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Trump Defends His Witness Intimidation of Ukraine Ambassador He Fired by Demanding He Have ‘Total’ Freedom of Speech

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President Donald Trump is defending himself from strong and sharp criticism being fired from Democrats an Republicans alike, after he posted tweets attacking former Ukraine Ambassador Marie Yovanovitch Friday as she was testifying before Congress. Even Fox News anchors called it witness intimidation, as did Intelligence Chairman Adam Schiff.

Asked Friday afternoon if he was intentionally trying to intimidate the diplomat he fired and had ordered “on the next plane” out of Ukraine, Trump launched into a rant.

“I just want to have a total – I want freedom of speech, that’s a political process,” Trump, trying to defend himself, told reporters.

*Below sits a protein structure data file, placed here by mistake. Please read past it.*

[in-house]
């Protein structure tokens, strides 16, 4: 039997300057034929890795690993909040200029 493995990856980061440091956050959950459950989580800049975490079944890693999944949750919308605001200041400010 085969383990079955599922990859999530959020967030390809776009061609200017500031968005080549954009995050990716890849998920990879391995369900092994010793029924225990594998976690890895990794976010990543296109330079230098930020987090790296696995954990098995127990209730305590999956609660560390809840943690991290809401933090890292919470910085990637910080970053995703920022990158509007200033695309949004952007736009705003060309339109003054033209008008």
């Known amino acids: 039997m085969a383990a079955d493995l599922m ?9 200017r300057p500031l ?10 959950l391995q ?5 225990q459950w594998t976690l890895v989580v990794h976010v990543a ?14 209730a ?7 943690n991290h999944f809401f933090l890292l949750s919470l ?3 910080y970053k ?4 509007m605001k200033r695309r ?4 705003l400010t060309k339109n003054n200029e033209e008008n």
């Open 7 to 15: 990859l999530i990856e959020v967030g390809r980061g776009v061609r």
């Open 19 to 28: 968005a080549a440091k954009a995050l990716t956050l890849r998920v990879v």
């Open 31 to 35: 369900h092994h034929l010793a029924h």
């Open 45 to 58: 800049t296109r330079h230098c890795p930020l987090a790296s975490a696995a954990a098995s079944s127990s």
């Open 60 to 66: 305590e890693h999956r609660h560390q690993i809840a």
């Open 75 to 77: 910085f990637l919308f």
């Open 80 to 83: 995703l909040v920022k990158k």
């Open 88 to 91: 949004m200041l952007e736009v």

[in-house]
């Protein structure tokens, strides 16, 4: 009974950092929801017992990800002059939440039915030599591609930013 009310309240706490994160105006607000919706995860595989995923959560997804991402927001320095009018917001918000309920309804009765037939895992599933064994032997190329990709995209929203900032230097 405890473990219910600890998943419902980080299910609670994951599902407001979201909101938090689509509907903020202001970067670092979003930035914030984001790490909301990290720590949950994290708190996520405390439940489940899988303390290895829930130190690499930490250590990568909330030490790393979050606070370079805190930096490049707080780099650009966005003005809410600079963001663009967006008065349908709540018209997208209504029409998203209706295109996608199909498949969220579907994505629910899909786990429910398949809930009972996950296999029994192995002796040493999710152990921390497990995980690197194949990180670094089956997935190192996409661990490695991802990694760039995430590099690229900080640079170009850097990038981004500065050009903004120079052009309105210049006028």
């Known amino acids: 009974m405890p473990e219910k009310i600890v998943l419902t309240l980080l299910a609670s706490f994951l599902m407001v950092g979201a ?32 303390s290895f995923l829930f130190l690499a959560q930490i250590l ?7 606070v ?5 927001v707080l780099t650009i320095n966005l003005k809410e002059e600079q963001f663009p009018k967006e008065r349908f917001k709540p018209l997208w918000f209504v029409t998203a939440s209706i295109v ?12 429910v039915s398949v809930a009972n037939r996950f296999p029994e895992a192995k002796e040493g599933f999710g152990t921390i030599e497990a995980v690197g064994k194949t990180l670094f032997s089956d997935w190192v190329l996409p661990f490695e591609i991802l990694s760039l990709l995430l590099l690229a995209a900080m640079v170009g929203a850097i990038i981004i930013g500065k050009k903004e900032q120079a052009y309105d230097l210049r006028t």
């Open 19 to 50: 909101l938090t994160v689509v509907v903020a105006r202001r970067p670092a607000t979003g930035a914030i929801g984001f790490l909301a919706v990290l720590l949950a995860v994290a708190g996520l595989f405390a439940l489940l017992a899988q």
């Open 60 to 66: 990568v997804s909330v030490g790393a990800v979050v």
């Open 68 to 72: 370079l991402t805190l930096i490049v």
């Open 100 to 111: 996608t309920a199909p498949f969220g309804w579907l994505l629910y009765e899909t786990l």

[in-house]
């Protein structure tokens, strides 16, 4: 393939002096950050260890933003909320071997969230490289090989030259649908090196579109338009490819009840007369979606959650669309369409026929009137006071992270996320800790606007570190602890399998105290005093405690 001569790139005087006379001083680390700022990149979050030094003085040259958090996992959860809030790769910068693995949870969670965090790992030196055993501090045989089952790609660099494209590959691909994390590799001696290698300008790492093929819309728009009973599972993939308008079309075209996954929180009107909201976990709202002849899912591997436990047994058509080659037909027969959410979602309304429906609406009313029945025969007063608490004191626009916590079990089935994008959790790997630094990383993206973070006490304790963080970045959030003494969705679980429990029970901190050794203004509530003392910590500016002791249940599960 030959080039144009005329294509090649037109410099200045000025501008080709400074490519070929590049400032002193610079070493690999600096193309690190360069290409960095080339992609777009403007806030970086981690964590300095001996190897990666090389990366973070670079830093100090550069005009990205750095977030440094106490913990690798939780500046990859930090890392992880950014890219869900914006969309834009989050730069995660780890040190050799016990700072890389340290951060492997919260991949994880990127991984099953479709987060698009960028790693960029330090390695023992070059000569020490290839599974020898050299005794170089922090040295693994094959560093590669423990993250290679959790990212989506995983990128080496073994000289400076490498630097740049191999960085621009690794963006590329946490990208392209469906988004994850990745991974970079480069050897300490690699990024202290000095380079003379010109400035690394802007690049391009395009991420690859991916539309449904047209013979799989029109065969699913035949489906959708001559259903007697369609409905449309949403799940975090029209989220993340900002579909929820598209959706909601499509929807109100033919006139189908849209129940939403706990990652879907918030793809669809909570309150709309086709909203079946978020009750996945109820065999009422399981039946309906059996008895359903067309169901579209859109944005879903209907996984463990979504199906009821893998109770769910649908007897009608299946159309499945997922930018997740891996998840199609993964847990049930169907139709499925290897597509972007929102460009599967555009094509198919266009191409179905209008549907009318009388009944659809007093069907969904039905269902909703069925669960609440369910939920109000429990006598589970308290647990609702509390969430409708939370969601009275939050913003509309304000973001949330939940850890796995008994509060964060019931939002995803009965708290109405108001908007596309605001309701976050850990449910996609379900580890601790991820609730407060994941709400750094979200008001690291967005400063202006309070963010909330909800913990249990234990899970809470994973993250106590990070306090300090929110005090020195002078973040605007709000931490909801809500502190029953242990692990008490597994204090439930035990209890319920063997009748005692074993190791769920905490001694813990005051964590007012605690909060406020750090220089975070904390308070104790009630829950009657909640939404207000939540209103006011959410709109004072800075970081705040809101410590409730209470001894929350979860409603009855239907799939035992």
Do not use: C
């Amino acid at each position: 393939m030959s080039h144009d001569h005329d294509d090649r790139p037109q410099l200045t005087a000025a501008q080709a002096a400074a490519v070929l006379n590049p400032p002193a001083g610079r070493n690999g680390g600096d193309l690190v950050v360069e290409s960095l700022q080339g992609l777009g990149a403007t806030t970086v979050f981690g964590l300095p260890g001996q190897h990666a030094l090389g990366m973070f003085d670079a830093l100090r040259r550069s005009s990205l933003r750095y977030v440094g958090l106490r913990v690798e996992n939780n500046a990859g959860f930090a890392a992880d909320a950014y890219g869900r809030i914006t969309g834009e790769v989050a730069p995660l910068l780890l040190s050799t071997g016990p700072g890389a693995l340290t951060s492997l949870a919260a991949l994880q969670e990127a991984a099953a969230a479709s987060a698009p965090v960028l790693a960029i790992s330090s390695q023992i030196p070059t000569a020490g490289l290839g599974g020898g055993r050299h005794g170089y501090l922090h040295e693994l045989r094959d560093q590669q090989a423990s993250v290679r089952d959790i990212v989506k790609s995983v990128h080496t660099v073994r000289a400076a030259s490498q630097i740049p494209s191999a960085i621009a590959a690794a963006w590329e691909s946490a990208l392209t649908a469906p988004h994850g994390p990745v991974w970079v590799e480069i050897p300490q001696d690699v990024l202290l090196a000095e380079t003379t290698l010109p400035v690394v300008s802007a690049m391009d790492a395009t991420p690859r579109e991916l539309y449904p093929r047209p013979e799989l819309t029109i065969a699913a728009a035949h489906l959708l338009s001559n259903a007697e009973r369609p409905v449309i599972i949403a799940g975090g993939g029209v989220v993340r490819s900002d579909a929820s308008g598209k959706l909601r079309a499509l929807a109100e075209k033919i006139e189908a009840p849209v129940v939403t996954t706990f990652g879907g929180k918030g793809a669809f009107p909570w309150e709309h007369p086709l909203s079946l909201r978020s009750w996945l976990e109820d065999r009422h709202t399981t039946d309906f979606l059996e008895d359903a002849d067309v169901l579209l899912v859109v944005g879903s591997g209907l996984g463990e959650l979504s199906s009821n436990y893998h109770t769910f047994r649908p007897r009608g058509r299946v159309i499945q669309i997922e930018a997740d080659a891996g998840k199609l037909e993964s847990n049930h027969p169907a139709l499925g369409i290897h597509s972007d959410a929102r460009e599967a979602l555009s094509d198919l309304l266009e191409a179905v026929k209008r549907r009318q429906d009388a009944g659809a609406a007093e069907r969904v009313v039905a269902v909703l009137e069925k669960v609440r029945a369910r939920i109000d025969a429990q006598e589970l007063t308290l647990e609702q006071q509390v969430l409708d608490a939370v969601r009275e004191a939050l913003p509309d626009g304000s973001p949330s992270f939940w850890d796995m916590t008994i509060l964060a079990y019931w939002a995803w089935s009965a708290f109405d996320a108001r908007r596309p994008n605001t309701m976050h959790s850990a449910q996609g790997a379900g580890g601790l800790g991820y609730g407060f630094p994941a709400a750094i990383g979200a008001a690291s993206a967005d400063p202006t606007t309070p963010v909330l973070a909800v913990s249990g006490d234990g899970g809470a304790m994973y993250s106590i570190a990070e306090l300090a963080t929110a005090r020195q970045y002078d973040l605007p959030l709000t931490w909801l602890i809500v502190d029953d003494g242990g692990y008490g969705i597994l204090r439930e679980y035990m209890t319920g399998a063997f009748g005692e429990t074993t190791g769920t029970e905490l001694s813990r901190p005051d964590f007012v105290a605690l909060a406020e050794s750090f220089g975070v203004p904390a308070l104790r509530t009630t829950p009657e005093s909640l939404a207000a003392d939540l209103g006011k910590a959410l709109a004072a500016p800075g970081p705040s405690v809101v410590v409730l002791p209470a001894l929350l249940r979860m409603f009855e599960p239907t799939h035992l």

The President went on to falsely claim Republicans on the House Intelligence Committee have been blocked from asking questions of Yovanovitch. They have been granted equal time, but Chairman Schiff has not broken the rules enough to their liking to favor their outbursts.

Watch:

EARLIER:

Press Secretary Claims Trump Tweet ‘Not Witness Intimidation’ Because It’s ‘Not a Trial’ – But President Says It Is

Fox News Anchor: ‘President’s Tweet Ripping’ Ukraine Ambassador Yovanovitch Added ‘An Article of Impeachment Real-Time’

Trump Slammed for ‘Criminal Witness Intimidation’ of Ukraine Ambassador in Real Time During Impeachment Hearing Testimony

 

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YOU CAN'T DO THAT

US Diplomat Fired by Trump-Appointed Ambassador for Merely Mentioning Obama in a Speech: Report